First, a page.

May 30, 2012

Updates: 'Creating 3D Text in After Effects'

The survey of methods roundup was updated to CS6 for PVC.

Here's tutorials on exporting 3D renders from the Photoshop CS6 timeline from Tip Squirrel and Genius DV:

May 29, 2012

Recently in After Effects

There’s another summary of recent news on #AfterEffects at PVC — with more on CS6 and updates, raytracing (or not), hardware requirements, integrating muzzle flashes, looks, assorted tutorials, and plug-ins old and new.

Here's an impressive scene done in AE by Stu Maschwitz; be sure to read his Ray Tracing in After Effects CS6 too:

May 15, 2012

CS6 Production Premium Road Shows

Adobe is taking Creative Suite 6 Production Premium demos on the road. Registration is open for these training dates & locations:
  • June 5 - New York, NY
  • June 7 - Orlando, FL 
  • June 11 - Washington, D.C. 
  • June 14 - Atlanta, GA 
  • June 19 - Dallas, TX 
  • June 21 - Chicago, IL 
  • June 26 - San Francisco, CA 
  • June 30 - Los Angeles, CA 
There's hardware and software partner demos and usually prizes too. Space may be limited, so reserve your seat today.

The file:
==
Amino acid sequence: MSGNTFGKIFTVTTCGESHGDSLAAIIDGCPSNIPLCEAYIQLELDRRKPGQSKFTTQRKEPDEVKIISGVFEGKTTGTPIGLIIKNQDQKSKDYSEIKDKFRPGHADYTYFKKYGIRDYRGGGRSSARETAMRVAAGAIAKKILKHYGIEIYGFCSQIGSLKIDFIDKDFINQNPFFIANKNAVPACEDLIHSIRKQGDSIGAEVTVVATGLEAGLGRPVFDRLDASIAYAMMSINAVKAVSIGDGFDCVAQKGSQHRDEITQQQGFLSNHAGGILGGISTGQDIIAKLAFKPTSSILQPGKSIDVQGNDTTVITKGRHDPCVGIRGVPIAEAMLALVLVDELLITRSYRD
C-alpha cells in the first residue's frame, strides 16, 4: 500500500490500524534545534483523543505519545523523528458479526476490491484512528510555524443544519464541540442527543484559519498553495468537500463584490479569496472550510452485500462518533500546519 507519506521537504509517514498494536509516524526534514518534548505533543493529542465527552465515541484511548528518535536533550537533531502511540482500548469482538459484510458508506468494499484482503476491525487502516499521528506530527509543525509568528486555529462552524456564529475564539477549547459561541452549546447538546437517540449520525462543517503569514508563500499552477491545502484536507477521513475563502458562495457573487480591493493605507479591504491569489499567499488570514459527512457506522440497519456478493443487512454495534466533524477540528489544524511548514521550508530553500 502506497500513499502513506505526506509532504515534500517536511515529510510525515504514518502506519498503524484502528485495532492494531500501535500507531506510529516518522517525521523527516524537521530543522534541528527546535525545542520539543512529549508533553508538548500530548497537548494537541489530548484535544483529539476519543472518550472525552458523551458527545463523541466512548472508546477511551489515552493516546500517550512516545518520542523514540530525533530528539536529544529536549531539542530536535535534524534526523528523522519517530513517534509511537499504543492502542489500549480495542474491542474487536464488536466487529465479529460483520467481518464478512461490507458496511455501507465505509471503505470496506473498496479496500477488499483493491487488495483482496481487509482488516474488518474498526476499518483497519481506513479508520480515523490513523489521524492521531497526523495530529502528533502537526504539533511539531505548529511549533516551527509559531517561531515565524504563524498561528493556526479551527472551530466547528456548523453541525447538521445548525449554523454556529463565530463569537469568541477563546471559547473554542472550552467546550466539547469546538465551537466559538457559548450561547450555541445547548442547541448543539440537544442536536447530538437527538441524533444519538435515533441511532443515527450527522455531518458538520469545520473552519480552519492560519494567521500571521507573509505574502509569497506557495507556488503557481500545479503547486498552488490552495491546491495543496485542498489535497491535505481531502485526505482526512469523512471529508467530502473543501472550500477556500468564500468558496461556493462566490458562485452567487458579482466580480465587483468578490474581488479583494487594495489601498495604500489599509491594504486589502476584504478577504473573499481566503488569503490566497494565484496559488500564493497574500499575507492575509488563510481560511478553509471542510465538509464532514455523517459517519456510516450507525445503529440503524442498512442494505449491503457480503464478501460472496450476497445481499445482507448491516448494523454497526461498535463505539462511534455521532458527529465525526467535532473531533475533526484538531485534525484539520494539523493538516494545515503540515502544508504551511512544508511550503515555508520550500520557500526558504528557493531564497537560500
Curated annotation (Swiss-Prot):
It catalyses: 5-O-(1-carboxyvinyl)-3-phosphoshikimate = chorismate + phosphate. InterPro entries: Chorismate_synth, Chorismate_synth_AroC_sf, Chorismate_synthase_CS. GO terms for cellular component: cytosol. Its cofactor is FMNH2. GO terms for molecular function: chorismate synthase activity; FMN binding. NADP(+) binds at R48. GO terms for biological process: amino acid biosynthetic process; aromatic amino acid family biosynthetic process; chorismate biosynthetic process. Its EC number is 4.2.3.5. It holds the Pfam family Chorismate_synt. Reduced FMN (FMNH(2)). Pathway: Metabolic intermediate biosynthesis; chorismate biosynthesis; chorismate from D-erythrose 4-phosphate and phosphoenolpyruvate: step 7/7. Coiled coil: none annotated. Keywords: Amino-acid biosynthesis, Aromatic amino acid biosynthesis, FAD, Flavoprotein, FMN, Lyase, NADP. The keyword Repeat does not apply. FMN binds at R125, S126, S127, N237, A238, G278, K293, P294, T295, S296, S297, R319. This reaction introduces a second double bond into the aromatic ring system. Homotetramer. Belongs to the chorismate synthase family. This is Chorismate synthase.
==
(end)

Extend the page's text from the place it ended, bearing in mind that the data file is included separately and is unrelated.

May 8, 2012

Another week in After Effects PVC collects AE news on CS6, assorted tutorials, and scripts & plug-ins new and old.

Just released today is fxguidetv #145: AE and Adobe CS6, which has a bunch of new details from the AE team on recent tech.

May 4, 2012

Jacob’s Ladder, Brazil, Donnie Darko: same idea?

Several popular films seem to share a common influence, in a certain way at least. Cineleet uses plot *spoilers* to explain how Carnival of Souls, Jacob’s Ladder, Brazil, Donnie Darko, Stay, and other Films were Inspired by 'An Occurrence at Owl Creek Bridge', a short story by Ambrose Bierce originally printed in William Randolph Hearst's The San Francisco Examiner in 1890.

The Wikipedia entry for the story lists other more direct and indirect adaptations, including one from Alfred Hitchcock Presents. The adaptation below by director Robert Enrico won the 1963 Academy Award for Best Live Action Short, and appeared as one of the last episodes of The Twilight Zone in 1964.